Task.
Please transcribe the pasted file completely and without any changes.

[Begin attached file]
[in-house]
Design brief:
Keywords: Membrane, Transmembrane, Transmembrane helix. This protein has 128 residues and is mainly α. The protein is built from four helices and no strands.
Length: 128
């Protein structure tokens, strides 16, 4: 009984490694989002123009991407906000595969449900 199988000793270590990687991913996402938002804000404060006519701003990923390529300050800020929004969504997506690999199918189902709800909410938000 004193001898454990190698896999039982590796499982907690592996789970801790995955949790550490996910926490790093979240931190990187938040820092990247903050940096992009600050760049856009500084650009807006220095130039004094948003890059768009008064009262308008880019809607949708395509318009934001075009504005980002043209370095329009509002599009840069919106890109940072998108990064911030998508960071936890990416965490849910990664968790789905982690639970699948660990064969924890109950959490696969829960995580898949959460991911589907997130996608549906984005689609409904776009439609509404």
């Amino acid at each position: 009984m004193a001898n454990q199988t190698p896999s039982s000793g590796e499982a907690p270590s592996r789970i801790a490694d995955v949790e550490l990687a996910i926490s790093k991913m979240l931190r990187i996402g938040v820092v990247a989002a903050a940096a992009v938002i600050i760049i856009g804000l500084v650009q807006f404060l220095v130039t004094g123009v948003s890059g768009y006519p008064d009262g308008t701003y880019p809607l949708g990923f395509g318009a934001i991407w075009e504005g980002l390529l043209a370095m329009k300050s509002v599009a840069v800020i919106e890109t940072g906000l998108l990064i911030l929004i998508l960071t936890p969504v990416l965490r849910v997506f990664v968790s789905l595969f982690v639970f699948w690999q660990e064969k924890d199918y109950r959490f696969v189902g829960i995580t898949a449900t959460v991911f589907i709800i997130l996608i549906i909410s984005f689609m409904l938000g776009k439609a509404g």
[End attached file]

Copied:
[in-house]
Design brief:
Keywords: Membrane, Transmembrane, Transmembrane helix. This protein has 128 residues and is mainly α. The protein is built from four helices and no strands.
Length: 128
């Protein structure tokens, strides 16, 4: 009984490694989002123009991407906000595969449900 199988000793270590990687991913996402938002804000404060006519701003990923390529300050800020929004969504997506690999199918189902709800909410938000 004193001898454990190698896999039982590796499982907690592996789970801790995955949790550490996910926490790093979240931190990187938040820092990247903050940096992009600050760049856009500084650009807006220095130039004094948003890059768009008064009262308008880019809607949708395509318009934001075009504005980002043209370095329009509002599009840069919106890109940072998108990064911030998508960071936890990416965490849910990664968790789905982690639970699948660990064969924890109950959490696969829960995580898949959460991911589907997130996608549906984005689609409904776009439609509404």
């Amino acid at each position: 009984m004193a001898n454990q199988t190698p896999s039982s000793g590796e499982a907690p270590s592996r789970i801790a490694d995955v949790e550490l990687a996910i926490s790093k991913m979240l931190r990187i996402g938040v820092v990247a989002a903050a940096a992009v938002i600050i760049i856009g804000l500084v650009q807006f404060l220095v130039t004094g123009v948003s890059g768009y006519p008064d009262g308008t701003y880019p809607l949708g990923f395509g318009a934001i991407w075009e504005g980002l390529l043209a370095m329009k300050s509002v599009a840069v800020i919106e890109t940072g906000l998108l990064i911030l929004i998508l960071t936890p969504v990416l965490r849910v997506f990664v968790s789905l595969f982690v639970f699948w690999q660990e064969k924890d199918y109950r959490f696969v189902g829960i995580t898949a449900t959460v991911f589907i709800i997130l996608i549906i909410s984005f689609m409904l938000g776009k439609a509404g």